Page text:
Tuesday, January 29, 2019

Rolling Stones – "Winning Ugly" (1986)

I was brought up to cheat 
So long as the referee
Wasn’t looking 

If a tree falls in a forest and no one is around to hear it, does it really make a sound?

If a basketball player violates a rule and the referee doesn’t see it, was there really a violation?

The answer to both questions is the same – correct?

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I’ve been refereeing basketball since 2001.  

Now that I’m retired, I can do a lot more games during the week.  I can do middle-school games (which tip off at 315p on Tuesdays, Wednesdays, and Thursdays), junior varsity games (which usually start at 530p on weekdays but may start as early as 400p at some schools), and varsity games (which most often begin at 700p or 715p on weekdays).

Plus I can continue to referee county recreation department and CYO games, which begin at 900a on Saturdays and at noon on Sundays, and continue until well after dark.

Refereeing is the way I get in my exercise in the winter – when the temperatures are in the thirties and forties, I lose all interest in biking or hiking.  

Recently, I’ve been doing games almost every day.  I’m currently in the middle of a ten-day stretch where I have at least one game – sometimes two – every day.

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As of now, it looks like I’ll referee 41 games in January.  (That number should have been higher, but five of my games have been postponed due to bad weather.)

That breaks down to 17 recreation department and CYO games, nine public middle-school games, a freshmen boys’ game at a private high school, eight high-school JV games (mostly at public schools), and six high-school varsity games (at both public and private schools).

Most of those games involved boys and but a fair number were girls’ games.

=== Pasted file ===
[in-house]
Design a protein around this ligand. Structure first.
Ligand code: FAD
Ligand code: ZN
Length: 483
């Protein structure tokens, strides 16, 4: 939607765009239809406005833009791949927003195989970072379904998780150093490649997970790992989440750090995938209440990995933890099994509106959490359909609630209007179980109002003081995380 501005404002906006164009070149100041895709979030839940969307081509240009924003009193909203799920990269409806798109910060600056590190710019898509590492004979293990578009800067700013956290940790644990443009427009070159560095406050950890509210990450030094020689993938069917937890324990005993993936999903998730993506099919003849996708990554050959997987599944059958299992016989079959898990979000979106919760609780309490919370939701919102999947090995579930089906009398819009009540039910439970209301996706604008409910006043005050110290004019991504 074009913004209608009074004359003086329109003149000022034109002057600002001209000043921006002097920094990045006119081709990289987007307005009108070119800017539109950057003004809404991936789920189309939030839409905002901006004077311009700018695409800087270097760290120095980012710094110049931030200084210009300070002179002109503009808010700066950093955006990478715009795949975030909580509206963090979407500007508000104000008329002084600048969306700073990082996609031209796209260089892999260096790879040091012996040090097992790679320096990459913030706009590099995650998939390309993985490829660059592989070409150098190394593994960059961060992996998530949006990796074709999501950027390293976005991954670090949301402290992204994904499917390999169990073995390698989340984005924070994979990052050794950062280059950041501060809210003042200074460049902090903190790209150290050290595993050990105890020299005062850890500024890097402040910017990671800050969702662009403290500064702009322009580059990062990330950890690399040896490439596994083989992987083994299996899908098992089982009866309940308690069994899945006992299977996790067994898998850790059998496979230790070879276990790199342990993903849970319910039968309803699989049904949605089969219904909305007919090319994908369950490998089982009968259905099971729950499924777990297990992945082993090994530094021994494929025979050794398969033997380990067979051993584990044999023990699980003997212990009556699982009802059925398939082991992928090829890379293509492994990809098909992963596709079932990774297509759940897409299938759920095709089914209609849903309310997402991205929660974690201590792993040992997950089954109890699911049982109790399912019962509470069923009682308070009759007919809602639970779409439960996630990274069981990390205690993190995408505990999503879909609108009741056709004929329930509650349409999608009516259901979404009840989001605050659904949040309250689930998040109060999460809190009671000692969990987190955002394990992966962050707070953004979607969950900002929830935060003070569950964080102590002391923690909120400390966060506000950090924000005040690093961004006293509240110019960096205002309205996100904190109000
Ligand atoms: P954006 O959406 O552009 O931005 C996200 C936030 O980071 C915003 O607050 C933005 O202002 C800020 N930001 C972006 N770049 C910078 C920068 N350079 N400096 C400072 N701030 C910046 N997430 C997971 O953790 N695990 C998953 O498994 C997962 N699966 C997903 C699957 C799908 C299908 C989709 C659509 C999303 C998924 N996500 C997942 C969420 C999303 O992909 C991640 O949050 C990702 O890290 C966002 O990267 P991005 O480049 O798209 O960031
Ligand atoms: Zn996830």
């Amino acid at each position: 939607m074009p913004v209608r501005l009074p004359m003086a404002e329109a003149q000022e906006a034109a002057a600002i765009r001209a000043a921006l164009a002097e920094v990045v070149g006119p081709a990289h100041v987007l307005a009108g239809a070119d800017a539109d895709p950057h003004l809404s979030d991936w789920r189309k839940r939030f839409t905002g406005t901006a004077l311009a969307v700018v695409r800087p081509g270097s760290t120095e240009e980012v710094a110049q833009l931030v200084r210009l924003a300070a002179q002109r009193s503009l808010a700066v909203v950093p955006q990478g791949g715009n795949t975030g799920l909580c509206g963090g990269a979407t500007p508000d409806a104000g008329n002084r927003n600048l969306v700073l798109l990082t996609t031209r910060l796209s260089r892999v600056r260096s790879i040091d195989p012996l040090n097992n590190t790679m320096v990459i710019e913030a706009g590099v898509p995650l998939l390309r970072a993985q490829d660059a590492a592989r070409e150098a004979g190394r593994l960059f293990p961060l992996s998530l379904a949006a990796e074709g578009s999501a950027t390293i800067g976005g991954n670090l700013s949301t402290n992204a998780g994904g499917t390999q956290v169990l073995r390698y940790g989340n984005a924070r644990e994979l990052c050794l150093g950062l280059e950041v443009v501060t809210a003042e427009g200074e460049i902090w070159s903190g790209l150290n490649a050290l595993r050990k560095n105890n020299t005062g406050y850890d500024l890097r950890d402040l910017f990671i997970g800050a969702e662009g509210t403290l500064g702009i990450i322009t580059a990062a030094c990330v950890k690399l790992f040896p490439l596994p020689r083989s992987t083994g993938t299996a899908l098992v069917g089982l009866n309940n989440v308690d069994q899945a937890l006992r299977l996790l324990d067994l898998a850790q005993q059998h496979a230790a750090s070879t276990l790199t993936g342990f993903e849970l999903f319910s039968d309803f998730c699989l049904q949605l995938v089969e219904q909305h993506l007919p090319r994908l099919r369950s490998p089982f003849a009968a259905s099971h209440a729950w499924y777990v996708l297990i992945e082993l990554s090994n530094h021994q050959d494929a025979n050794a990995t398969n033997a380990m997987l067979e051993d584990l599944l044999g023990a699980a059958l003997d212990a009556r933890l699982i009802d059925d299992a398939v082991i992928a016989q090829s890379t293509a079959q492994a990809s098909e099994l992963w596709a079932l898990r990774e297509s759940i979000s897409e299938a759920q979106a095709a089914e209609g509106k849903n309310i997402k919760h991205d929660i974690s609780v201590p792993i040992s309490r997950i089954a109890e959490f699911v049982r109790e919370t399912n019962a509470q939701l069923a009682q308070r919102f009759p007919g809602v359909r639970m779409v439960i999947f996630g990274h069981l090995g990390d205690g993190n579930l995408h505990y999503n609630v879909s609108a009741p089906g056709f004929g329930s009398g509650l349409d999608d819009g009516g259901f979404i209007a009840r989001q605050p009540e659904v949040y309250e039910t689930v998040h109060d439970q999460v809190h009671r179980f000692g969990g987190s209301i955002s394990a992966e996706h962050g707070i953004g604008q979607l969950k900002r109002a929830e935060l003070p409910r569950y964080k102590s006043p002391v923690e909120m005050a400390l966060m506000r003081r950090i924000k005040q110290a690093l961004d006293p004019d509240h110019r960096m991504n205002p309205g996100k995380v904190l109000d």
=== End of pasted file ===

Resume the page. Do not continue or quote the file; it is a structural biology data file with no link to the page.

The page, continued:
Two of my rec department games involved 6th-grade boys.  The level of play in those games was nothing to write home about.

My most challenging game was a boys’ varsity game featuring some very fast and physical players.  My refereeing partner in that game was a Division I college referee, which was comforting.

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I had to take a ten-session training class and pass a 100-question multiple-choice rules exam to become a referee – and I have to pass a written refresher exam every fall to maintain my status.

Maybe you played high-school basketball, or watch a lot of basketball on TV.  But I guarantee you that you wouldn’t answer more than a quarter of the questions on the rules exam correctly unless you studied the rulebook closely before you took that test.

But the hardest part of being a referee isn’t memorizing the rules.  The bigger challenge is learning when to blow my whistle and call a foul or a violation, and when not to blow the whistle – which is a decision that depends on the age and skill level of the players and a number of other factors.

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You’ve heard the saying, “No harm, no foul.”  It’s not that simple, but there is quite a bit of truth in that statement.

For example, last weekend I had a 6th-grade boys’ rec department game that featured one player who was not only bigger and stronger than his opponents, but also a more skilled player.  Several times, he successfully dribbled through the defense and made a layup.  Each time he did that, there was contact.  

The contact didn’t slow this kid down, or knock him off course, or interfere with his shots.  In other words, it was what the rule book terms “incidental contact” – which is defined as contact which does not hinder a player from completing normal offensive or defensive movements.  Incidental contact is not a foul.

If you called a foul every time there was contact between two 6th-grade players, you’d be calling fouls on almost every possession – the kids wouldn’t be able to play because the referees would be constantly interrupting the action.

In a high-school game, I would have been more likely to call a foul because players at that level are more skilled, and you hold them to a higher standard.  Also, even relatively minor contact may still affect the outcome of a play at that level.  

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The “No harm, no foul” principle doesn’t apply only to fouls, of course.

If you’ve ever played basketball, or have a son or daughter who has played basketball, you know about the “three seconds” rule.  In a nutshell, that rule holds that an offensive player can’t stand in the free-throw lane for more than three seconds.  

If you go to any low-level kids’ basketball game, you’ll hear coaches and parents yelling “Three seconds!” every time an opponent whose team has the ball is seen standing within the boundaries of the free-throw lane.